On Sunday, Oxford declared ‘Vax’ as its Word of the Year for 2021, saying the term has "injected itself into the bloodstream of the English language in 2021.” In the recent language report published earlier yesterday, Oxford English Dictionary (OED) team stated that the lexicographers' choice of the word for 2021, an abbreviated version of vaccinated and vaccine, reflects the pandemic’s widespread inoculation campaign organized by the countries to combat the respiratory illness. The usage of the word surged over 72 times since the past year, and this included terms like double-vaxxed, unvaxxed and anti-vaxxer relating to COVID-19 vaccine hesitancy.
"It goes back at least to the 1980s, but according to our corpus it was rarely used until this year," the OED's senior editor Fiona McPherson said in the language report. "When you add to that its versatility in forming other words – vaxxie, vax-a-thon, vaxinista – it became clear that vax was the standout in the crowd,” Fiona McPherson, senior editor at OED added.
OED blog traced the word back to 1812. The blog stated, "On the other hand, the origins of anti-vax trace all the way back to the father of vaccination himself, Edward Jenner, who in 1812 wrote to a friend to complain that ‘the Anti-Vacks are assailing me with all the force they can muster in the newspapers’ (anti-vacks here being the plural of anti-vack, an earlier form of the more familiar anti-vax)."
Although the word dates back to the 1990s, VAX was a relatively rare word in the Oxford Monitor Corpus of English until this year, when it shot up in frequency: by September it was over 72 times more frequent than at the same time last year.https://t.co/J7Pg1ttI6K pic.twitter.com/b7fLgkpbsz— Oxford Languages (@OxLanguages) November 1, 2021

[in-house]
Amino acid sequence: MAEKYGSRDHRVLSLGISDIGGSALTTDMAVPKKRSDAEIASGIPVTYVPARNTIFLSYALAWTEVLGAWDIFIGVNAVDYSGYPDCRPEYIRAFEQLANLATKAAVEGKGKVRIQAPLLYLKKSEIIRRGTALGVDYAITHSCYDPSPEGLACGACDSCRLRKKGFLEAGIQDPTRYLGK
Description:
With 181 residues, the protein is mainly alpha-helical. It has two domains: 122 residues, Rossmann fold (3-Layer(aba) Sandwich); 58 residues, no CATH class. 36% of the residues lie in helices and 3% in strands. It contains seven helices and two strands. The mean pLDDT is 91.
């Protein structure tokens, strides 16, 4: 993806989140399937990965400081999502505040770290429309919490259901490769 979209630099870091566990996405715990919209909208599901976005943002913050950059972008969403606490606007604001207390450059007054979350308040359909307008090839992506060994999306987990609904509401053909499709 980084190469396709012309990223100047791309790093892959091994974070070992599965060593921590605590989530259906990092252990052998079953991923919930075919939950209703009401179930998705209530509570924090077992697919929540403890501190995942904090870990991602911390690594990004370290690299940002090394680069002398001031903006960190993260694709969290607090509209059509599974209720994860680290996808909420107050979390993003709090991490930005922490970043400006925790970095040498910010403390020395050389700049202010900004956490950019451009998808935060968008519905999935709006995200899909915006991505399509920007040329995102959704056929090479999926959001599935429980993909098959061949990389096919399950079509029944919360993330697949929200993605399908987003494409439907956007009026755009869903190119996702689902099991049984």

According to Oxford, whether an individual in 2021 was vaxxed, double-vaxxed, or unvaxxed, the language relating to jabs and vaccination permeated all over people’s lives. In a short period of time, the word became a critical part of our everyday communication, and the Oxford Languages’ monitor corpus of English tracked a worldwide surge in vaccine-related vocabulary. The word vax, which Oxford describes a colloquialism meaning of vaccine or vaccination has registered a particularly precipitous increase in frequency as the world battled the Coronavirus pandemic.
Although, the term vaccines itself has been embedded in the English language for over centuries since the end of the 1790s. This was when the term was officially coined and was followed soon after by words relating to opposition to vaccination, such as anti-vaccinist. “The tumultuous upheaval of Covid and the promise and delivery of vaccinations have spurred rapid social and technological development, typical catalysts for language change,” Oxford stated. The word vaccine itself, which is already very common in use, more than doubled in frequency between September 2020 and September 2021.